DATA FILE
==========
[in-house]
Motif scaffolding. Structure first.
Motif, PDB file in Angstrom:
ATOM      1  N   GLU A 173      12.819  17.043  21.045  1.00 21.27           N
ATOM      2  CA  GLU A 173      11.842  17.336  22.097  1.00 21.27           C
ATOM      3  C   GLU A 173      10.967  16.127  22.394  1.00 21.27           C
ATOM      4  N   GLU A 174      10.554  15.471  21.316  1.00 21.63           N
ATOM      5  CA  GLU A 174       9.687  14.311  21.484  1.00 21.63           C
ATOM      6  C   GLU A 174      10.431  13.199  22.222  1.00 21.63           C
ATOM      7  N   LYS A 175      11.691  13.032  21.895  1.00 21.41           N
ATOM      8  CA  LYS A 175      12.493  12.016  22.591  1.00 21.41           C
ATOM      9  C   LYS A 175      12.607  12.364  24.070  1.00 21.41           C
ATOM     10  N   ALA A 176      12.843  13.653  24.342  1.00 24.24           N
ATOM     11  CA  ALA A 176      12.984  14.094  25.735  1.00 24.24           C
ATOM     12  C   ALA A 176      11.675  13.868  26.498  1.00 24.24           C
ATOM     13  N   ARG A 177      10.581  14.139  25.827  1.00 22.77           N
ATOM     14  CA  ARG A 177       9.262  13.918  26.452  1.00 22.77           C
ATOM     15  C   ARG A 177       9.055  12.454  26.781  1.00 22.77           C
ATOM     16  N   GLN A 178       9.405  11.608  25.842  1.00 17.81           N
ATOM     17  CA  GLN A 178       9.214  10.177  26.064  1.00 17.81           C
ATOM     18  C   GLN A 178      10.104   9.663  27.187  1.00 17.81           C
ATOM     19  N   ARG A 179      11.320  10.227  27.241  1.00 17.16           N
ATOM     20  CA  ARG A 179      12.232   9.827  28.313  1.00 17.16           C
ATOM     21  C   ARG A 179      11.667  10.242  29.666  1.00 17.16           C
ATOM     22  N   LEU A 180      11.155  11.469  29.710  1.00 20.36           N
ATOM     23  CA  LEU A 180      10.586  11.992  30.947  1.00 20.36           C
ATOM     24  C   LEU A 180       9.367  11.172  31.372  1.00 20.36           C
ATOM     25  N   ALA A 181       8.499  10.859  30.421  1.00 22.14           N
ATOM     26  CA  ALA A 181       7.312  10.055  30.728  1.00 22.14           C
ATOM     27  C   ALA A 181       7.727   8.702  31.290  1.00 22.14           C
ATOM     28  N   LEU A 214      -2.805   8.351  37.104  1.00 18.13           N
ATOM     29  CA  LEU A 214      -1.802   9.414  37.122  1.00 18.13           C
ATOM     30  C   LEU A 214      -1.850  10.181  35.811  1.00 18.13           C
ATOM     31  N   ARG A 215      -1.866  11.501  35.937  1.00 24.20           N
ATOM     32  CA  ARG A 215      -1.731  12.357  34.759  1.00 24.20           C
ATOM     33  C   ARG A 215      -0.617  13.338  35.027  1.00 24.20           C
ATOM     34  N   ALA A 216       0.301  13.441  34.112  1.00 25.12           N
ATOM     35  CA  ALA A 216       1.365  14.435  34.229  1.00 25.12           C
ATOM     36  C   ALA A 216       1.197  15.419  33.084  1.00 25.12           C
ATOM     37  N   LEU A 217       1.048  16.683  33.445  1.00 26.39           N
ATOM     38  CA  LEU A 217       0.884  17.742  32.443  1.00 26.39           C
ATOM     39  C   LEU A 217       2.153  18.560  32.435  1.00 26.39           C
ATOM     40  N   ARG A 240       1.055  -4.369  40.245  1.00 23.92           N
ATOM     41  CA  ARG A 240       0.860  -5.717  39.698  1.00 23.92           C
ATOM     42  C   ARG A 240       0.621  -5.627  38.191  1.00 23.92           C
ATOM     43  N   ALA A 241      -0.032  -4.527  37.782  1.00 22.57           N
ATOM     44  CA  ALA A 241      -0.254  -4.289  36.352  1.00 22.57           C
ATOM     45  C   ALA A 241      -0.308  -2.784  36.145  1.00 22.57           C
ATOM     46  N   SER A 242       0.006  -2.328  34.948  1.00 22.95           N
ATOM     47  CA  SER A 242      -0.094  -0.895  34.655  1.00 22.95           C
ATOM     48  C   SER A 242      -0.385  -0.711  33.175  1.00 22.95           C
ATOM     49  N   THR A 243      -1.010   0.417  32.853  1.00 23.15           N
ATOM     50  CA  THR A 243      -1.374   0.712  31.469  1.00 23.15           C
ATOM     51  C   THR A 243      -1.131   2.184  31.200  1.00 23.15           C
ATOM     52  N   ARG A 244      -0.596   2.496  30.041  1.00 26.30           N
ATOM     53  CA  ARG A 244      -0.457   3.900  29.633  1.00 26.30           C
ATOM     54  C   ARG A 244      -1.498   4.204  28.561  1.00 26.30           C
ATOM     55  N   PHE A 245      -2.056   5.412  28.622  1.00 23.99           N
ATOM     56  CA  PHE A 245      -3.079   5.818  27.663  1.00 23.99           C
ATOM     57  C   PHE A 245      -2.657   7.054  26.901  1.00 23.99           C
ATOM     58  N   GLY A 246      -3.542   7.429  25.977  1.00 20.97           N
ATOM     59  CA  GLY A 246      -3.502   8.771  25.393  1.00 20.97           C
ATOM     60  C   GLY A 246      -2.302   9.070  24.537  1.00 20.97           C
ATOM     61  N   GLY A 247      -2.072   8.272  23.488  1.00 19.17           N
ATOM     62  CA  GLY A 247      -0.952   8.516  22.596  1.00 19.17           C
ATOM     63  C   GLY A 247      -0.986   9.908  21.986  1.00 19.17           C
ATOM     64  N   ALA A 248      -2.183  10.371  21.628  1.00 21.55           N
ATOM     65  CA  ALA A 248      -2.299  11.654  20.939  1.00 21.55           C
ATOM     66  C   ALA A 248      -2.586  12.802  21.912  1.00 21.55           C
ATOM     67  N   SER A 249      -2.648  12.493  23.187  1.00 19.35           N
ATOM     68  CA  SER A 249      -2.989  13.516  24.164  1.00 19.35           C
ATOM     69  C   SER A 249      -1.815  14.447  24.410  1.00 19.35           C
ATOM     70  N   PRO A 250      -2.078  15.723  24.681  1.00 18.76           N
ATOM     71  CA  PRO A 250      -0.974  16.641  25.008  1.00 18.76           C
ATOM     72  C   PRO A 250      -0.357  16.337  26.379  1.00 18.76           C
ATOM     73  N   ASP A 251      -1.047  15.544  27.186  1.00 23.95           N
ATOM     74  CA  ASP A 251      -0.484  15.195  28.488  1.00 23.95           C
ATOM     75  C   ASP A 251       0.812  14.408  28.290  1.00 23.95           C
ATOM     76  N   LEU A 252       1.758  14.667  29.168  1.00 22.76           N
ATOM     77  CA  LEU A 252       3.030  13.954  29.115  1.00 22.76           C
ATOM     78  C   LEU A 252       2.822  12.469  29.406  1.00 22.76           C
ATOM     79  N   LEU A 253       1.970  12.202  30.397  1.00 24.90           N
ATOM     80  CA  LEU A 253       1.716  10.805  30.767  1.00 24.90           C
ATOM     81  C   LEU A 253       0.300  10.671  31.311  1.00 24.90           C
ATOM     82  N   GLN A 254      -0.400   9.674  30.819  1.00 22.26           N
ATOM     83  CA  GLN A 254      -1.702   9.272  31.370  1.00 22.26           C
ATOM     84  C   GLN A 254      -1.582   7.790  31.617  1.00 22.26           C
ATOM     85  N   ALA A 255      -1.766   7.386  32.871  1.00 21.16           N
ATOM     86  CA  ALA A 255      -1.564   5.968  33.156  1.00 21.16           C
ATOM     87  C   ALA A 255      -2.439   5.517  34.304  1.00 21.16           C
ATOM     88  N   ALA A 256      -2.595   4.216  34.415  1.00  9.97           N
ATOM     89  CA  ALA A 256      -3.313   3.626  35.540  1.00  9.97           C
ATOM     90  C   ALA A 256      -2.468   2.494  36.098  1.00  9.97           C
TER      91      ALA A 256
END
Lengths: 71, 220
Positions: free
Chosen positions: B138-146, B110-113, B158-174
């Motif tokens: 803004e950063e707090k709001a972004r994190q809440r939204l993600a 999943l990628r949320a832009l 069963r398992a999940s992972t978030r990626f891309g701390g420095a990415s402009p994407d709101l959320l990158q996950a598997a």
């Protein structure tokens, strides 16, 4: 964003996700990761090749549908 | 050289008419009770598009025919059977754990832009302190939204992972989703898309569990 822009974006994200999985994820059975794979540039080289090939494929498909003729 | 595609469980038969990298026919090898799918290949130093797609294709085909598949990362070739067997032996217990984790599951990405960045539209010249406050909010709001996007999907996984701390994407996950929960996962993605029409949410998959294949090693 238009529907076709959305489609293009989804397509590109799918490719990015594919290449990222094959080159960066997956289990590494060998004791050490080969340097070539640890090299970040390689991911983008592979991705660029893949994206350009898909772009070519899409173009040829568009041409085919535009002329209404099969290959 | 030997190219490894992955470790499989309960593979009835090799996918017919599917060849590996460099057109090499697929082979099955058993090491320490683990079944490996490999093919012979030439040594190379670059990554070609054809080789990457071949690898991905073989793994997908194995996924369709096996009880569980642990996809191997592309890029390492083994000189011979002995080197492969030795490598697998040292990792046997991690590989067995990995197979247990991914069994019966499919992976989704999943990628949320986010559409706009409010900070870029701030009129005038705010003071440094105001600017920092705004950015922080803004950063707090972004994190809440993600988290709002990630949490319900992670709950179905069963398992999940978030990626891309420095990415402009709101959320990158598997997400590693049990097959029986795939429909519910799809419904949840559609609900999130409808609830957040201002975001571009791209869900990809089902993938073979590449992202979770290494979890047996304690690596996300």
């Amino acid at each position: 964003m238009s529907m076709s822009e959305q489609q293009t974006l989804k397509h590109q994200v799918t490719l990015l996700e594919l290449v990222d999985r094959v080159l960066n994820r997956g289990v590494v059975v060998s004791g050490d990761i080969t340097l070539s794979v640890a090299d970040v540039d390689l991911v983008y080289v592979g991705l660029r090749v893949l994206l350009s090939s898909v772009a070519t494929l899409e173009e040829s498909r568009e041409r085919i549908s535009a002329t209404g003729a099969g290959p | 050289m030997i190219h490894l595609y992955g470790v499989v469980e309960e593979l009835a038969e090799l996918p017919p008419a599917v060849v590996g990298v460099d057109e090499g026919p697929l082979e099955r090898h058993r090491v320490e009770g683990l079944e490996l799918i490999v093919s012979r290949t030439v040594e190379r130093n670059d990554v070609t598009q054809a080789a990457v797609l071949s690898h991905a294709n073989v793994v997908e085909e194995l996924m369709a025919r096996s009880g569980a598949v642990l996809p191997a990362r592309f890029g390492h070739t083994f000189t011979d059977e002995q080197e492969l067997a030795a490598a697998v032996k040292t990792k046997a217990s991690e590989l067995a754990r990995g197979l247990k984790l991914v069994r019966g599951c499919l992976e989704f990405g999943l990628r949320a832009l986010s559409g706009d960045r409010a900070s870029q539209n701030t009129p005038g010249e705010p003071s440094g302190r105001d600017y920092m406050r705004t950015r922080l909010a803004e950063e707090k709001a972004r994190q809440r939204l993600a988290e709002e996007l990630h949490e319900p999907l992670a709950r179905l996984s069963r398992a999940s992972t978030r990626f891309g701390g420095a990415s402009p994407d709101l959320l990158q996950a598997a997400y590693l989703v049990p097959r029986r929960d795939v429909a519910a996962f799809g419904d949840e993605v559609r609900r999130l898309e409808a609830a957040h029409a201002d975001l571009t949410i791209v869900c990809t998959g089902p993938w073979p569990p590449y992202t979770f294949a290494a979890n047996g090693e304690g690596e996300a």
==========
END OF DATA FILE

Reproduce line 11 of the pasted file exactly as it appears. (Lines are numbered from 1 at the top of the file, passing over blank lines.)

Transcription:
ATOM      8  CA  LYS A 175      12.493  12.016  22.591  1.00 21.41           C